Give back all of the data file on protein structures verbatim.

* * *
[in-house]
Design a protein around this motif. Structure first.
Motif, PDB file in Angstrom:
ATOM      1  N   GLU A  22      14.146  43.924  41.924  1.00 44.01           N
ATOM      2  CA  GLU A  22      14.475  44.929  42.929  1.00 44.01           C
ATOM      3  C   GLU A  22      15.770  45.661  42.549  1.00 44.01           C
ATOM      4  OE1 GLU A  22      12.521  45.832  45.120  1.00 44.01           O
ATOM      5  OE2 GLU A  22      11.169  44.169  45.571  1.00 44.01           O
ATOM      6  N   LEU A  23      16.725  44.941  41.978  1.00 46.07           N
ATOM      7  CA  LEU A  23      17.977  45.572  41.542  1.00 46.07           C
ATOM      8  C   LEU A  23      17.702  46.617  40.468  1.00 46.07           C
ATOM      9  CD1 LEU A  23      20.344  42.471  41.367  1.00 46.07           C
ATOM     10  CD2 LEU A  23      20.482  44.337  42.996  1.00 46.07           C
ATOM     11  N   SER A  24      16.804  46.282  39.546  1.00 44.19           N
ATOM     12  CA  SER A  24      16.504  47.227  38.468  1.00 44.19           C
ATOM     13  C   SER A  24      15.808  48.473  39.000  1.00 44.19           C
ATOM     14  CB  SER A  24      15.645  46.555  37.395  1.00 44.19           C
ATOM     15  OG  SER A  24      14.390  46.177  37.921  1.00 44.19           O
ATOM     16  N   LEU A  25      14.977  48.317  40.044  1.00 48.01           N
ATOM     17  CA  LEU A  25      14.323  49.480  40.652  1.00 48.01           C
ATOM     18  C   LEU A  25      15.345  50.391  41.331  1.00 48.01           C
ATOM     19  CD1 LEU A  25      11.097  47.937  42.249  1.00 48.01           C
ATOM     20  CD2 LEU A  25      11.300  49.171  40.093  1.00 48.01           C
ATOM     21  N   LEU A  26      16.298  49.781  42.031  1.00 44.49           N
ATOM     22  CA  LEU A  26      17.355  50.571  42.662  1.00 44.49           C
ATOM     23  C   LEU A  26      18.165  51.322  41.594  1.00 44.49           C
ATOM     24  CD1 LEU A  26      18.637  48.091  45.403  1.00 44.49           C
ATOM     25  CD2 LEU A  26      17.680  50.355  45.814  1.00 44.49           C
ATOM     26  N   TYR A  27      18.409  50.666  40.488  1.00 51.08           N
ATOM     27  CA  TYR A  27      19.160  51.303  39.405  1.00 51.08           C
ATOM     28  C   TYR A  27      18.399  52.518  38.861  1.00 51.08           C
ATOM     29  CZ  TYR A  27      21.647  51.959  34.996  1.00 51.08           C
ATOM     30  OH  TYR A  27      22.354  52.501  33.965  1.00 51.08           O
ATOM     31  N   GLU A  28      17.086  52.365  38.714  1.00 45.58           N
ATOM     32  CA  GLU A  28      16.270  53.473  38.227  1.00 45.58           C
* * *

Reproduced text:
[in-house]
Design a protein around this motif. Structure first.
Motif, PDB file in Angstrom:
ATOM      1  N   GLU A  22      14.146  43.924  41.924  1.00 44.01           N
ATOM      2  CA  GLU A  22      14.475  44.929  42.929  1.00 44.01           C
ATOM      3  C   GLU A  22      15.770  45.661  42.549  1.00 44.01           C
ATOM      4  OE1 GLU A  22      12.521  45.832  45.120  1.00 44.01           O
ATOM      5  OE2 GLU A  22      11.169  44.169  45.571  1.00 44.01           O
ATOM      6  N   LEU A  23      16.725  44.941  41.978  1.00 46.07           N
ATOM      7  CA  LEU A  23      17.977  45.572  41.542  1.00 46.07           C
ATOM      8  C   LEU A  23      17.702  46.617  40.468  1.00 46.07           C
ATOM      9  CD1 LEU A  23      20.344  42.471  41.367  1.00 46.07           C
ATOM     10  CD2 LEU A  23      20.482  44.337  42.996  1.00 46.07           C
ATOM     11  N   SER A  24      16.804  46.282  39.546  1.00 44.19           N
ATOM     12  CA  SER A  24      16.504  47.227  38.468  1.00 44.19           C
ATOM     13  C   SER A  24      15.808  48.473  39.000  1.00 44.19           C
ATOM     14  CB  SER A  24      15.645  46.555  37.395  1.00 44.19           C
ATOM     15  OG  SER A  24      14.390  46.177  37.921  1.00 44.19           O
ATOM     16  N   LEU A  25      14.977  48.317  40.044  1.00 48.01           N
ATOM     17  CA  LEU A  25      14.323  49.480  40.652  1.00 48.01           C
ATOM     18  C   LEU A  25      15.345  50.391  41.331  1.00 48.01           C
ATOM     19  CD1 LEU A  25      11.097  47.937  42.249  1.00 48.01           C
ATOM     20  CD2 LEU A  25      11.300  49.171  40.093  1.00 48.01           C
ATOM     21  N   LEU A  26      16.298  49.781  42.031  1.00 44.49           N
ATOM     22  CA  LEU A  26      17.355  50.571  42.662  1.00 44.49           C
ATOM     23  C   LEU A  26      18.165  51.322  41.594  1.00 44.49           C
ATOM     24  CD1 LEU A  26      18.637  48.091  45.403  1.00 44.49           C
ATOM     25  CD2 LEU A  26      17.680  50.355  45.814  1.00 44.49           C
ATOM     26  N   TYR A  27      18.409  50.666  40.488  1.00 51.08           N
ATOM     27  CA  TYR A  27      19.160  51.303  39.405  1.00 51.08           C
ATOM     28  C   TYR A  27      18.399  52.518  38.861  1.00 51.08           C
ATOM     29  CZ  TYR A  27      21.647  51.959  34.996  1.00 51.08           C
ATOM     30  OH  TYR A  27      22.354  52.501  33.965  1.00 51.08           O
ATOM     31  N   GLU A  28      17.086  52.365  38.714  1.00 45.58           N
ATOM     32  CA  GLU A  28      16.270  53.473  38.227  1.00 45.58           C